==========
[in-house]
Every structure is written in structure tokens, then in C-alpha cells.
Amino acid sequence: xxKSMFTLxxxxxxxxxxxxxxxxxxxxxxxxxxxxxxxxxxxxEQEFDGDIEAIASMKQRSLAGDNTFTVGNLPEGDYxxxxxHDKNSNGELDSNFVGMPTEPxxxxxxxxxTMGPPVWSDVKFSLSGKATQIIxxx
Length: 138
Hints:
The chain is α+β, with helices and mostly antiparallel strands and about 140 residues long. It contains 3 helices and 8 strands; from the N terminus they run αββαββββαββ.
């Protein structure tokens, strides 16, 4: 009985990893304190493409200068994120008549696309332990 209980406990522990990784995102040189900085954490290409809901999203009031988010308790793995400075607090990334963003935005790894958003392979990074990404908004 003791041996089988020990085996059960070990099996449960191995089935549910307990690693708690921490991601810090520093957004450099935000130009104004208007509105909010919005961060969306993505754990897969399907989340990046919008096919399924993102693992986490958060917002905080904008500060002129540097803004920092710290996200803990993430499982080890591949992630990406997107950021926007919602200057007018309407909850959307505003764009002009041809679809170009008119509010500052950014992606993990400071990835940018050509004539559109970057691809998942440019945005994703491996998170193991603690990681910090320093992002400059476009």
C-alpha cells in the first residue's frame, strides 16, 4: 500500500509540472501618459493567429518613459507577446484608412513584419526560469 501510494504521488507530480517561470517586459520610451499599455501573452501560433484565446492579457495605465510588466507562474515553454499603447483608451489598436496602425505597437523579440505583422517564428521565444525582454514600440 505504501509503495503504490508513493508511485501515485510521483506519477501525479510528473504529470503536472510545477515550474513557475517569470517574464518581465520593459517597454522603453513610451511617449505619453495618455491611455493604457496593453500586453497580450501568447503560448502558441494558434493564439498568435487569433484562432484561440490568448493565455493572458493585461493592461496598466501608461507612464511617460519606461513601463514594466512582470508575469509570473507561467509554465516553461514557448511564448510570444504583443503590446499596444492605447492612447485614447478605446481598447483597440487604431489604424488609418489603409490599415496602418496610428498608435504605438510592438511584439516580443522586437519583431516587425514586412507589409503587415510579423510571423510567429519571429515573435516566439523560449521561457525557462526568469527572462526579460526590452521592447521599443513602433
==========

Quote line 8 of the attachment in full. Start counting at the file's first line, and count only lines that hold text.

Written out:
C-alpha cells in the first residue's frame, strides 16, 4: 500500500509540472501618459493567429518613459507577446484608412513584419526560469 501510494504521488507530480517561470517586459520610451499599455501573452501560433484565446492579457495605465510588466507562474515553454499603447483608451489598436496602425505597437523579440505583422517564428521565444525582454514600440 505504501509503495503504490508513493508511485501515485510521483506519477501525479510528473504529470503536472510545477515550474513557475517569470517574464518581465520593459517597454522603453513610451511617449505619453495618455491611455493604457496593453500586453497580450501568447503560448502558441494558434493564439498568435487569433484562432484561440490568448493565455493572458493585461493592461496598466501608461507612464511617460519606461513601463514594466512582470508575469509570473507561467509554465516553461514557448511564448510570444504583443503590446499596444492605447492612447485614447478605446481598447483597440487604431489604424488609418489603409490599415496602418496610428498608435504605438510592438511584439516580443522586437519583431516587425514586412507589409503587415510579423510571423510567429519571429515573435516566439523560449521561457525557462526568469527572462526579460526590452521592447521599443513602433